Choe Yong-rim

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Choe Yong-rim
11th Premier of North Korea
In office
7 June 2010 – 1 April 2013
LeaderKim Jong-il
Kim Jong-un
Preceded byKim Yong-il
Succeeded byPak Pong-ju
Personal details
Born (1930-11-20) 20 November 1930 (age 92)[1]
Ryanggang, Japanese Korea Japanese Empire
(now North Korea)[2][a]
Political partyWorkers' Party of Korea
Alma materKim Il-sung University
Moscow State University

Choe Yong-rim (KCNA: Choe Yong Rim, Korean: 최영림, born 20 November 1930) was the Premier (naegak ch’ongri, 내각 총리) of the Democratic People's Republic of Korea (commonly known as North Korea) from June 2010 to April 2013[3] and Workers' Party of Korea central committee presidium member since September 2010.[4]

Choe has been described by The New York Times as a "KWP insider" and a "friend of Kim Jong-Il's family."[5] He is honorary vice-president of the Presidium of the Supreme People's Assembly, the country's parliament.

Notes[change | change source]

  1. The source used only gives the province “Ryanggang” as Choe's place of birth and does not specify the kun. At the time of Choe's birth, Korea was ruled by Japan (see Korea under Japanese rule) and Ryanggang did not yet exist; it was only formed in 1954 out of 9 kun taken from South Hamgyŏng (Korean: Hamgyŏng namdo; Japanese: Kankyō nandō), 1 kun taken from North Hamgyŏng (H. pukto / K. hokudō) and 1 kun from Chagang, which was itself formed out of mainly North P’yŏngan (P’yŏngan pukto / Heian hokudō) and a bit of South Hamgyŏng territory.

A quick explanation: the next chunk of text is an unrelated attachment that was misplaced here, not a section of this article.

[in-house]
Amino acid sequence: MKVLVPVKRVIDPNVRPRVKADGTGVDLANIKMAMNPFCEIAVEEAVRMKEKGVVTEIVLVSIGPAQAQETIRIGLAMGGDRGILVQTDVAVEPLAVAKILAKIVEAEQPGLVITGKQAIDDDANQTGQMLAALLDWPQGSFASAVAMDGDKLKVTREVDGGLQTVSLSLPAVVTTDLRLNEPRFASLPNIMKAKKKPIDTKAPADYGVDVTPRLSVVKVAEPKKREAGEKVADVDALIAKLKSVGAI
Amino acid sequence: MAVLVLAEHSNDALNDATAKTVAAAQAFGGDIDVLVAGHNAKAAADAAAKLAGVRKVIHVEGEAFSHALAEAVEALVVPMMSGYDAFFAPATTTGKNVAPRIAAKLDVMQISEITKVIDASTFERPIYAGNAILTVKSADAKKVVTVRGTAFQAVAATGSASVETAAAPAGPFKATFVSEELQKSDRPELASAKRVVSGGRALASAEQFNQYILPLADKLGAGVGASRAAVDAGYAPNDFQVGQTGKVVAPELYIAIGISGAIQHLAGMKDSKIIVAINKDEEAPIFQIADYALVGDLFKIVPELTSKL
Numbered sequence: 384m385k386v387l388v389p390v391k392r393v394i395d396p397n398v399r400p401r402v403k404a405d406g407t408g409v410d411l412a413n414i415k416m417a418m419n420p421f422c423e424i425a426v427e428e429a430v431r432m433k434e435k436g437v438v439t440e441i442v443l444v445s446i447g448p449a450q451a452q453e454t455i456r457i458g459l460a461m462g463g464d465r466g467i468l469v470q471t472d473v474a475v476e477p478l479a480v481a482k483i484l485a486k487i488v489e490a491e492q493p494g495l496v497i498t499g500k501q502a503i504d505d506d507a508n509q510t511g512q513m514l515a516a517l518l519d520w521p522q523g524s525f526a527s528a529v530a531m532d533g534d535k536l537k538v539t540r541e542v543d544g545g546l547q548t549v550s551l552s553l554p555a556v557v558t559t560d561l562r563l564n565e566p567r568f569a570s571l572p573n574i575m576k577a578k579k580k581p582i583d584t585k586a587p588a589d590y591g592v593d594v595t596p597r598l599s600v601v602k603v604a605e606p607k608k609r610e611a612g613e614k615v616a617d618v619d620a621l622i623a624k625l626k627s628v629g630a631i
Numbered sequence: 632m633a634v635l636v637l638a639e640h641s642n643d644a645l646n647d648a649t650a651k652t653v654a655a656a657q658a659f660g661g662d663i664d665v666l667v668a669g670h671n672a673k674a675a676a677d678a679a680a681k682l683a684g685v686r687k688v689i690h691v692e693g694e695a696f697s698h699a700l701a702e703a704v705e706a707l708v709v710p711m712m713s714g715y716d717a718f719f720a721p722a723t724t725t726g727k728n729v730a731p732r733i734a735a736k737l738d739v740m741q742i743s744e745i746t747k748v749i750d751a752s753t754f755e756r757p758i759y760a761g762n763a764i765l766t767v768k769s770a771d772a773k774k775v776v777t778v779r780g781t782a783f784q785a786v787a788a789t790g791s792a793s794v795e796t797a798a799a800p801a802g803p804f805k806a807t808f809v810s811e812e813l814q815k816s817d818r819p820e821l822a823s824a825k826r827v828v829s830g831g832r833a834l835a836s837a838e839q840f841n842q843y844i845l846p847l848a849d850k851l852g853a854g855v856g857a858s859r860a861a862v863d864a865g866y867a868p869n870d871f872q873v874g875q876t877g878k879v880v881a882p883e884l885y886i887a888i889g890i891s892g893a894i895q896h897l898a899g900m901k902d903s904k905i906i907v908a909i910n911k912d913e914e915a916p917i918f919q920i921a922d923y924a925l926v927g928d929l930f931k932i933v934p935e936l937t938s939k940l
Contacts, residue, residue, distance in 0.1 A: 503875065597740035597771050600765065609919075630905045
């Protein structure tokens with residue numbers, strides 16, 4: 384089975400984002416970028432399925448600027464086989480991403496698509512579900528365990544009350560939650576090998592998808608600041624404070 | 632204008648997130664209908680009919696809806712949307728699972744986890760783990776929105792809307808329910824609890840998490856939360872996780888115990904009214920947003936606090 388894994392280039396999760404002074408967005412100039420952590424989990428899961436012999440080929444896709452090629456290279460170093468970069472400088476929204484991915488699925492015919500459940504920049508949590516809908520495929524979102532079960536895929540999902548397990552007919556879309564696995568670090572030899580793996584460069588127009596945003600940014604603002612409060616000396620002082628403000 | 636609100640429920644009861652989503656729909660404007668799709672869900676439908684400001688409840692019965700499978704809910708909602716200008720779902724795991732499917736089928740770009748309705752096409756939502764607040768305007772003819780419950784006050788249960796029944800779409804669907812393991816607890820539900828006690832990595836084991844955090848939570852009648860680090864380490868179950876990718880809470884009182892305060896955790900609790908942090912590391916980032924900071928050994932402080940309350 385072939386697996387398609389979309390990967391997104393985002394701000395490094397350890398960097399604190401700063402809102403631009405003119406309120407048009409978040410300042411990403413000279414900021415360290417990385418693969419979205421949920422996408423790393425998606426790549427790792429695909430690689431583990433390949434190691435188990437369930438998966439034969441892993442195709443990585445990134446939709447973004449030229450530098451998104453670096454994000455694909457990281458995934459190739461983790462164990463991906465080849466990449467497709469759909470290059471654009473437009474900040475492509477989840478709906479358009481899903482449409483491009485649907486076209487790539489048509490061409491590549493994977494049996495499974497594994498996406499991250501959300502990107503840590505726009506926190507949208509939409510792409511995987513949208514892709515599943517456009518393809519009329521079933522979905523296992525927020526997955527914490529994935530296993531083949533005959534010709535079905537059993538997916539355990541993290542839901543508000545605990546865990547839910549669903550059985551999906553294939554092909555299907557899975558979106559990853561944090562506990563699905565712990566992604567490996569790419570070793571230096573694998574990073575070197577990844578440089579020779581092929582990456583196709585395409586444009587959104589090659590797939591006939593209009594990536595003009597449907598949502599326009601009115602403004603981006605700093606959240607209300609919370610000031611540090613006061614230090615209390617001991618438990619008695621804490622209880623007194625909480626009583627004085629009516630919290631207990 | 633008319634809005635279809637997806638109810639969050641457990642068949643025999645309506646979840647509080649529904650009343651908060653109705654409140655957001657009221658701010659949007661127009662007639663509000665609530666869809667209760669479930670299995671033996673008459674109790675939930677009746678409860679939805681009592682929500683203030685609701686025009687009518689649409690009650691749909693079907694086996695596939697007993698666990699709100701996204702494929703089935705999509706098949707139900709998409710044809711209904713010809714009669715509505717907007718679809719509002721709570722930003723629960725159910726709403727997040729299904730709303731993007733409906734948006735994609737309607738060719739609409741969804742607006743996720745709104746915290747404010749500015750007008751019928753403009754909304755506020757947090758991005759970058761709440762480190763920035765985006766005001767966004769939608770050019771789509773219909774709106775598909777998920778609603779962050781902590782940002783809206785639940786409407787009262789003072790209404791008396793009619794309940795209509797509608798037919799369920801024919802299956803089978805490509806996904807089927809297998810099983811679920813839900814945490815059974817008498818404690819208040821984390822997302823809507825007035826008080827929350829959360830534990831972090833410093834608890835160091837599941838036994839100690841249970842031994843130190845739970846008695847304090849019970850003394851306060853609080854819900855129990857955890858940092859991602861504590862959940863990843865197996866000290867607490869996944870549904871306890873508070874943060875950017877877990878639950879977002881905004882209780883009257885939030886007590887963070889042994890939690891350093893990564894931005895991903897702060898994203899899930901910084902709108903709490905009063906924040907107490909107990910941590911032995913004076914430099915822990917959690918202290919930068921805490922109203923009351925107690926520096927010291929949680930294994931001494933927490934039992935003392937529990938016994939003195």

References[change | change source]

  1. Choe Yong Rim Elected PM Archived 2011-06-09 at the Wayback Machine. Korean Central News Agency, 7 June 2010.
  2. 최영림 Archived 22 July 2011 at the Wayback Machine at 북한정보 자료센터. Korea Institute for National Unification. (Korean)
    Includes a list of posts (1956 to October 2008).
  3. North Korea in leadership reshuffle. BBC News, 7 June 2011
  4. "Profiles of Presidium and Members of Political Bureau" Archived 2015-04-02 at the Wayback Machine, KCNA, 29 September 2010.
  5. Choe, Sang-hun (7 June 2010). "N. Korea Reshuffle Seen as Part of Succession Plan". The New York Times. Retrieved 22 June 2010.